Rachel S
9 days ago
Reply to  Lisa

Haha yes – I firmly believe people should put what they loves in her their house but personally I find them awful. I didn’t like any of these. I also agree with the comments on two separate taps – it makes it very hard to wash your hands in cold weather!

Ever
8 days ago
Reply to  Lisa

SAME! YOU ARE NOT ALONE!!! LOL

Sally
9 days ago
Reply to  molly

I had taps like that too, in my 1950s bathroom and you’re so right.

Eliot
9 days ago
Reply to  molly

Yes, skirted sinks and tables BUM ME OUT. And bedskirts too, now that I think of it. There is just something dingy and fussy, and, yes, a little prudish about them. Is it the probability that the fabric is always a little dirty because it’s so near the floor? But then I don’t feel the same way about curtains. I think it’s just the sense of shame–of something unspeakable being hidden–that bugs me, although as I understand it, the story of Victorians covering the legs of their furniture because they were horrified by legs in general is a bit of a historical misunderstanding or exaggeration.

Sheila
10 days ago

Less functional needs and more fun? OK, but in a home with kids, that first floor powder room is often as heavily used by the kids and their friends than by adult guests. You can’t completely forego storage or ignore the issues of cleaning delicate finishes and fabrics. I want at least a mini cleaning kit in that room so I can duck in and give it a quick once over when guests arrive or take care of messes quickly during a party. And where are the towels in these rooms? I see some but others look like a recipe for floor drips all over the place. And one artfully draped towel on a sink is not a solution for either a bunch of kids or a party of adults. Also, offbeat decor is fine but plumbing fixtures, light switches, fans, door or cabinet hardware etc. should work smoothly and without quirks if they are to be guest friendly.

Eleanor
9 days ago

All pretty but those skirts seem so unhygienic. On the plus side, kids (and adults?) can conveniently use them as hand towels 🙂

Rusty
9 days ago
Reply to  Eleanor

Bahaha🤣😂

Amanda
9 days ago
Reply to  Eleanor

Skirts next to the toilet would give me the heebie jeebies too. That second photo looks like it might be a utility room though? I feel like a sink skirt under a utility sink could be a fun touch, just make it removable/washable.

Christa
9 days ago
Reply to  Eleanor

100% will happen.
They also are dust catchers, aka ‘dust ruffles’ – a big part of my design aesthetic is ‘easy to clean’ . Any ruffled fabrics, pleated lamp shades and wall to wall carpet are not included.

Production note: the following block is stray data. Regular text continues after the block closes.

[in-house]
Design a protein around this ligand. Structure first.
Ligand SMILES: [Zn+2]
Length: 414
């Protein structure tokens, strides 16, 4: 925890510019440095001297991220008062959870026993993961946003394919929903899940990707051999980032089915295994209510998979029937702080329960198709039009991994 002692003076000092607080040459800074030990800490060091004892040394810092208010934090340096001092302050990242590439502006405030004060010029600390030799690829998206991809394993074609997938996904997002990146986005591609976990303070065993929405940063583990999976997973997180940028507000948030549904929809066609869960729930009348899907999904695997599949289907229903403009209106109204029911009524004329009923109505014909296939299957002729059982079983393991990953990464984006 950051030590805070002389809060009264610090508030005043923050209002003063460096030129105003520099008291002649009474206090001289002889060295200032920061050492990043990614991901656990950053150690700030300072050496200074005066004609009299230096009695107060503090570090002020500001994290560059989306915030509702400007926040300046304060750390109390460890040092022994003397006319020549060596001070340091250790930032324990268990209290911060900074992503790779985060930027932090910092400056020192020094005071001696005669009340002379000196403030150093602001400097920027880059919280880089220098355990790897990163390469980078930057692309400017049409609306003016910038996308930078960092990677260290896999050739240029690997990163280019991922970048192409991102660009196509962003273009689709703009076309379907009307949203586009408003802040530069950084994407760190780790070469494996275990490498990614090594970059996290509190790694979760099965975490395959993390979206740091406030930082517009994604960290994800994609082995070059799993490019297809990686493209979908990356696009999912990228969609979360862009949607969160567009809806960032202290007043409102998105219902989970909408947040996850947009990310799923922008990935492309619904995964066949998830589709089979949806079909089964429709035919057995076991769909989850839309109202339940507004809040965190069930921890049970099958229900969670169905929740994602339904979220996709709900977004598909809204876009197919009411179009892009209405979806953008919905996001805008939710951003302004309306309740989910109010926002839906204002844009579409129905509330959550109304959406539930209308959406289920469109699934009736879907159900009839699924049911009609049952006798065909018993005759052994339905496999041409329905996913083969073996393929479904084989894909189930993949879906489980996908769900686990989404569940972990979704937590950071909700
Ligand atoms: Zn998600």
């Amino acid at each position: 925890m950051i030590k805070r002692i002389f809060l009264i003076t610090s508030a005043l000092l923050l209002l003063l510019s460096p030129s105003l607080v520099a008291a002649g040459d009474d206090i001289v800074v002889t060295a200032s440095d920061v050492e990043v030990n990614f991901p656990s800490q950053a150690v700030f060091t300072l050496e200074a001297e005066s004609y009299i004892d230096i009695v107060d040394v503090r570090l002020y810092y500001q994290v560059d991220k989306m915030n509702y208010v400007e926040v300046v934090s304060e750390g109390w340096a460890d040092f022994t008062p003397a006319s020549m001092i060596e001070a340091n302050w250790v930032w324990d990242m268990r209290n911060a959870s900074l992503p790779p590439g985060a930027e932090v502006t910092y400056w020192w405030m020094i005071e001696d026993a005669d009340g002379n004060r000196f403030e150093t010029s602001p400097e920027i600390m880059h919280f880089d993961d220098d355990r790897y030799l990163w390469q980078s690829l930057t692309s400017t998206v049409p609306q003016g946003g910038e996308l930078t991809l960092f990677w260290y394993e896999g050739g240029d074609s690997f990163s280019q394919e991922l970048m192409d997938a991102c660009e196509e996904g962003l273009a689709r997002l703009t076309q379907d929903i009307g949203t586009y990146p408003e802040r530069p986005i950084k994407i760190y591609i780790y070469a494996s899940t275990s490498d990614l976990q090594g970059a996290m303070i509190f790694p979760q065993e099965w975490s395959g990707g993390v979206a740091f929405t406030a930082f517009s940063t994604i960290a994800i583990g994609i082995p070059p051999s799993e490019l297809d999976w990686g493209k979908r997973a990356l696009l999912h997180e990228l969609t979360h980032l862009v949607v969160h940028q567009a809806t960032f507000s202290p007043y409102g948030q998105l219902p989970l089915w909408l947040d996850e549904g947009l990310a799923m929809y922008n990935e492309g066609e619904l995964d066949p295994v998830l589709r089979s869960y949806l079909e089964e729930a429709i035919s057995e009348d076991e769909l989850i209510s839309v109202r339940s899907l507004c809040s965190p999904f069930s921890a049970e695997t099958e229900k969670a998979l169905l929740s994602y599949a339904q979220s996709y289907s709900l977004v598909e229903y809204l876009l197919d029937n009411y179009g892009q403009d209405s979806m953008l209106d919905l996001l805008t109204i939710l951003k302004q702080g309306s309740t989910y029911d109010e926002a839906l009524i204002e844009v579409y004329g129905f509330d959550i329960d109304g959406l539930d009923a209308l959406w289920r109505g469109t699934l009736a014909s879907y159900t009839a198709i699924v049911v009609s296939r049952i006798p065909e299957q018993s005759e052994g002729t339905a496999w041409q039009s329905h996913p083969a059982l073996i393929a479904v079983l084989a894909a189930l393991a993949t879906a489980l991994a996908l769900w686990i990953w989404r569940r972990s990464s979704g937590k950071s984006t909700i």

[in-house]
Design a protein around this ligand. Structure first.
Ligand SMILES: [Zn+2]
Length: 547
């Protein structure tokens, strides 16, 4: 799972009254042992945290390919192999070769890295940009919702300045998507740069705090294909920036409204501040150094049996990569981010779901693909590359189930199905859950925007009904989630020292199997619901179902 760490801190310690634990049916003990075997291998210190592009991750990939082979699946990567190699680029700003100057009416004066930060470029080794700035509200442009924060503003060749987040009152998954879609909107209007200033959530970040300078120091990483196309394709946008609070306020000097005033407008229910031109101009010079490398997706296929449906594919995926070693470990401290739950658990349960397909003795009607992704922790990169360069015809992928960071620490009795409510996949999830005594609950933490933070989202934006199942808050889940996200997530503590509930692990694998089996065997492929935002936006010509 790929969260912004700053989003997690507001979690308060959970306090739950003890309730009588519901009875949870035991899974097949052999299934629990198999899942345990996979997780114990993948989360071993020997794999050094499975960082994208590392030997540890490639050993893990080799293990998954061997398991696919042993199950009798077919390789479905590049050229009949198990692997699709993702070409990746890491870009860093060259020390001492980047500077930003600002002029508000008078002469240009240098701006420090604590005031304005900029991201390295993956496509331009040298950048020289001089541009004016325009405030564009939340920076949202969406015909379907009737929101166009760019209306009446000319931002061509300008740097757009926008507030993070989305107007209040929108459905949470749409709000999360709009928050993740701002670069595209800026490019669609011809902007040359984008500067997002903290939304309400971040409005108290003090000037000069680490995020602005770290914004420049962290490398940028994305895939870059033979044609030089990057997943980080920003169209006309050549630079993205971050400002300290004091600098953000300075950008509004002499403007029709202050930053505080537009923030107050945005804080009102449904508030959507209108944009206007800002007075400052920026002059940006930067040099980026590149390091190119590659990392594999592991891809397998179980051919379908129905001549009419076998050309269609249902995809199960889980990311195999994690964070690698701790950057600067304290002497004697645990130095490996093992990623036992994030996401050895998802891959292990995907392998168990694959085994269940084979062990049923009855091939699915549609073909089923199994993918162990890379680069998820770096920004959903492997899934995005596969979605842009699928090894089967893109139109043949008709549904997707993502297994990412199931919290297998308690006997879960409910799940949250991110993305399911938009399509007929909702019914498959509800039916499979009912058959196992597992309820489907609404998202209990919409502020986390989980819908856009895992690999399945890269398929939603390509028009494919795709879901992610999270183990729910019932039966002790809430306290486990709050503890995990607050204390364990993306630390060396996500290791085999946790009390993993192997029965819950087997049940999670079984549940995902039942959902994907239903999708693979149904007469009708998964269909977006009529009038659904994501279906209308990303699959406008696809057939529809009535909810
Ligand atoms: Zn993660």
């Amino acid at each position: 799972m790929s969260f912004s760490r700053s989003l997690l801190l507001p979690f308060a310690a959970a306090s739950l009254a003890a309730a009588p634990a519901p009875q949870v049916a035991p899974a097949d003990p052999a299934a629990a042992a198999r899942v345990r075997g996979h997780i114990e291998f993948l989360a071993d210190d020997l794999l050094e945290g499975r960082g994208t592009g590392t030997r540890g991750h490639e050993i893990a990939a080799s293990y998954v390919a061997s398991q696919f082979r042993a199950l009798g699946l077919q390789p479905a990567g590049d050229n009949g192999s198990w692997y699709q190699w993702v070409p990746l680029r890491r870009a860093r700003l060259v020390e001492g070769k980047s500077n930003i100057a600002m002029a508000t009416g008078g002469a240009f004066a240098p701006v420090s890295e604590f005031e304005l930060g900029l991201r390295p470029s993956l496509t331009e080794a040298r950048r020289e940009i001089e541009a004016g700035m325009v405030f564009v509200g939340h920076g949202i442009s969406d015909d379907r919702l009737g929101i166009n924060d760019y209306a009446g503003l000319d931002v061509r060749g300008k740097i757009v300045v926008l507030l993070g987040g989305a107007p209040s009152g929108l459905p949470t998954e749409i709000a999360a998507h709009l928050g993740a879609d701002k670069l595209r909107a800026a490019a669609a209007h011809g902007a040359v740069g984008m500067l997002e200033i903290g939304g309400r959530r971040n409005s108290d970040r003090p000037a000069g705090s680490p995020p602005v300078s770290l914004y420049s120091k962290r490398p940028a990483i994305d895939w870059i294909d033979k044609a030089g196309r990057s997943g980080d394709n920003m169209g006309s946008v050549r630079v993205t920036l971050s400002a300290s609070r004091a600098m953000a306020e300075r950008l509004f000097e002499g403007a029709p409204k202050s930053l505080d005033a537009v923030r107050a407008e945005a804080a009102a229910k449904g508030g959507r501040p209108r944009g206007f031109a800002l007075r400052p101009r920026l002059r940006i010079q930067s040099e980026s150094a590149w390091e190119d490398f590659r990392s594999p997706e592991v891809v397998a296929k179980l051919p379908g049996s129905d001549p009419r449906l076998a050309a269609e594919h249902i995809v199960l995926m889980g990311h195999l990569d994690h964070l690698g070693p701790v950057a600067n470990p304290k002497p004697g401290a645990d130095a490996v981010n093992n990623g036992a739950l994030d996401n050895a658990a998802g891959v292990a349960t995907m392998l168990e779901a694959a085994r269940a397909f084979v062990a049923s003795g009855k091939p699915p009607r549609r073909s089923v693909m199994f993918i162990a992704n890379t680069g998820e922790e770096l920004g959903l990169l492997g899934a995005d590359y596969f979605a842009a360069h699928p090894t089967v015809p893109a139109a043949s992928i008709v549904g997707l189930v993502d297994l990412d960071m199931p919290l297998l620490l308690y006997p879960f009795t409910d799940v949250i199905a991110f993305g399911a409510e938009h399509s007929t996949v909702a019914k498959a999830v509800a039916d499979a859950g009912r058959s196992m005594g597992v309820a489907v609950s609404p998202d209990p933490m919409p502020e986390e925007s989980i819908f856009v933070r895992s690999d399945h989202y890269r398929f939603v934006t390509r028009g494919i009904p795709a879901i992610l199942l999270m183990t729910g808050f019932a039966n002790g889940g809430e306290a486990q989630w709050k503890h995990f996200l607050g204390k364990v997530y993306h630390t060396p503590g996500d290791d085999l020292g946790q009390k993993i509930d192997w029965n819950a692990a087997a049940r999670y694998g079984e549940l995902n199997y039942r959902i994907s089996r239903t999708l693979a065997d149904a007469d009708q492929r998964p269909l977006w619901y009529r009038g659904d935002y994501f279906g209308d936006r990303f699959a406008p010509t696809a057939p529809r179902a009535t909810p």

Rachel S
9 days ago
Reply to  Christa

Whenever I’m considering something for my house my first thought is “can I wipe it with a damp cloth”. So many beautiful light fittings and then you think – how could I possibly keep dust off this!

Ashley
9 days ago

Watermark Fixture on Etsy has a very similar sink to the one in the pink powder if you haven’t already checked them out. I got it in a different colour and love it!

Jen A
9 days ago

Chiming in on the sinks, we have an old sink with separate hot and cold faucets and the novelty wears off really quickly. It’s awful, even for just washing your hands. These bathrooms are all very cool and so fun to use vintage and play. But stick to combined hot and cold. There is a reason this became the standard! :+)

Roberta Davis
9 days ago

Nice, quirky inspos! What caught me right off was the idea that something could be Shaker and Victorian, which to me seems impossible. Shaker is minimal and Victorian is… not. How can it be? I look forward to seeing how you employ them together.

Roberta Davis
8 days ago
Reply to  Emily

If anyone can pull it off, you can!

Kat R
9 days ago

Dead stock tile? Is this an eBay find? Or a certain shop? I’m assuming it means only a certain. Amount available, maybe share resources at some point? (After you buy what you were eyeing of course!)

Shannon
9 days ago
Reply to  Kat R

Yes! Resources pretty please 🙏🏻🤞🏻

Stefanie
9 days ago

I live in Oregon and was excited to find out where in Oregon the Anvil Hotel is…….it’s in Wyoming. Jackson Hole, WY to be exact. 😆

Stefanie
9 days ago
Reply to  Stefanie

Oops, my turn for a typo! It’s Jackson, WY. Not Jackson Hole!

Rusty
9 days ago

I love the quirkiness yet practicality is essential when you’re goingto have loads of people there for gatherings, Christmas, etc.
I like how you pointed out many details tgat could’ve been lost.
I noticed two different tiles in the blue and ehite tile photo….and it’s clever, because they meld seamlessly and are quite differrnt, at the same time. Quirky-cool!

Cynthia
9 days ago

Ok, glad I’m not the only one so deeply grossed out by the skirted sink. It feels unhygienic to me too for some reason. My grandmother had one in the only bathroom in her house growing up because the door to her cabinet had fallen off and she couldn’t afford to fix it. Whenever I see a skirted sink, I’ve never thought that it could be an intentional design element.

Gwoman
9 days ago
Reply to  Emily

Actually think the powder room is the worst place for a skirted sink since, at least in my house, it is the most used bathroom. Since your plan calls for it to next to your family (kid) space, it will be in your house also. Don’t imagine your kids and their friends are going to run upstairs every time they need to go. It’s also bathroom closest to your backyard, so will get dirty feet, hands and clothes traffic. Another thought which may or may not be an issue is when you have an adult party with adult beverages, it might end up looking and smelling pretty bad by the end of the evening. Because, accidental spraying can happen. 😉😉😉